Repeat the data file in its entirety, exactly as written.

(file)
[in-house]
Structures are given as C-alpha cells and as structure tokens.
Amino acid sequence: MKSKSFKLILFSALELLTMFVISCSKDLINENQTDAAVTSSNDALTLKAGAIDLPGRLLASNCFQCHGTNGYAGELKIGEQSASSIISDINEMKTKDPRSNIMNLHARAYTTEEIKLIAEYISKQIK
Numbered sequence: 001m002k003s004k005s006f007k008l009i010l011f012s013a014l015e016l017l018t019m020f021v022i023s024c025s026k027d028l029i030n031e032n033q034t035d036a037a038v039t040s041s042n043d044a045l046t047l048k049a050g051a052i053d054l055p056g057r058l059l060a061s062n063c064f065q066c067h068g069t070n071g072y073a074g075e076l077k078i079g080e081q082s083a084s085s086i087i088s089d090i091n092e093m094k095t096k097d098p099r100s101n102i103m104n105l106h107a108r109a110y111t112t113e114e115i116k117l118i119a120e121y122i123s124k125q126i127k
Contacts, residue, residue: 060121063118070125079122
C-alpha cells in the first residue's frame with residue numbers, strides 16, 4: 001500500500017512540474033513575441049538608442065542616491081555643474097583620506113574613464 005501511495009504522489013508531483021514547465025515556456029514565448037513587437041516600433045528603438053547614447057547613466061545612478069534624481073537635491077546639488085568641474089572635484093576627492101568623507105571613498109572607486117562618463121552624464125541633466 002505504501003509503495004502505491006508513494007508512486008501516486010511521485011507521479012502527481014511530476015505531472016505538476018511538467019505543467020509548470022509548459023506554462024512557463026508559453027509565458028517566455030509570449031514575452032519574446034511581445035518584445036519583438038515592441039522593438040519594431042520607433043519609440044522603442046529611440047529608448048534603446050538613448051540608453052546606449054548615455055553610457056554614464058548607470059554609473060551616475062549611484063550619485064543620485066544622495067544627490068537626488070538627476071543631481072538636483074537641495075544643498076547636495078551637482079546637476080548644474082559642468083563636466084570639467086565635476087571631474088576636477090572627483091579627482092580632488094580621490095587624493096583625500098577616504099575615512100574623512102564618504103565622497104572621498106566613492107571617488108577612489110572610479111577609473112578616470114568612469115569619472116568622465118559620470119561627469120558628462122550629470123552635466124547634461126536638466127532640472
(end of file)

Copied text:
[in-house]
Structures are given as C-alpha cells and as structure tokens.
Amino acid sequence: MKSKSFKLILFSALELLTMFVISCSKDLINENQTDAAVTSSNDALTLKAGAIDLPGRLLASNCFQCHGTNGYAGELKIGEQSASSIISDINEMKTKDPRSNIMNLHARAYTTEEIKLIAEYISKQIK
Numbered sequence: 001m002k003s004k005s006f007k008l009i010l011f012s013a014l015e016l017l018t019m020f021v022i023s024c025s026k027d028l029i030n031e032n033q034t035d036a037a038v039t040s041s042n043d044a045l046t047l048k049a050g051a052i053d054l055p056g057r058l059l060a061s062n063c064f065q066c067h068g069t070n071g072y073a074g075e076l077k078i079g080e081q082s083a084s085s086i087i088s089d090i091n092e093m094k095t096k097d098p099r100s101n102i103m104n105l106h107a108r109a110y111t112t113e114e115i116k117l118i119a120e121y122i123s124k125q126i127k
Contacts, residue, residue: 060121063118070125079122
C-alpha cells in the first residue's frame with residue numbers, strides 16, 4: 001500500500017512540474033513575441049538608442065542616491081555643474097583620506113574613464 005501511495009504522489013508531483021514547465025515556456029514565448037513587437041516600433045528603438053547614447057547613466061545612478069534624481073537635491077546639488085568641474089572635484093576627492101568623507105571613498109572607486117562618463121552624464125541633466 002505504501003509503495004502505491006508513494007508512486008501516486010511521485011507521479012502527481014511530476015505531472016505538476018511538467019505543467020509548470022509548459023506554462024512557463026508559453027509565458028517566455030509570449031514575452032519574446034511581445035518584445036519583438038515592441039522593438040519594431042520607433043519609440044522603442046529611440047529608448048534603446050538613448051540608453052546606449054548615455055553610457056554614464058548607470059554609473060551616475062549611484063550619485064543620485066544622495067544627490068537626488070538627476071543631481072538636483074537641495075544643498076547636495078551637482079546637476080548644474082559642468083563636466084570639467086565635476087571631474088576636477090572627483091579627482092580632488094580621490095587624493096583625500098577616504099575615512100574623512102564618504103565622497104572621498106566613492107571617488108577612489110572610479111577609473112578616470114568612469115569619472116568622465118559620470119561627469120558628462122550629470123552635466124547634461126536638466127532640472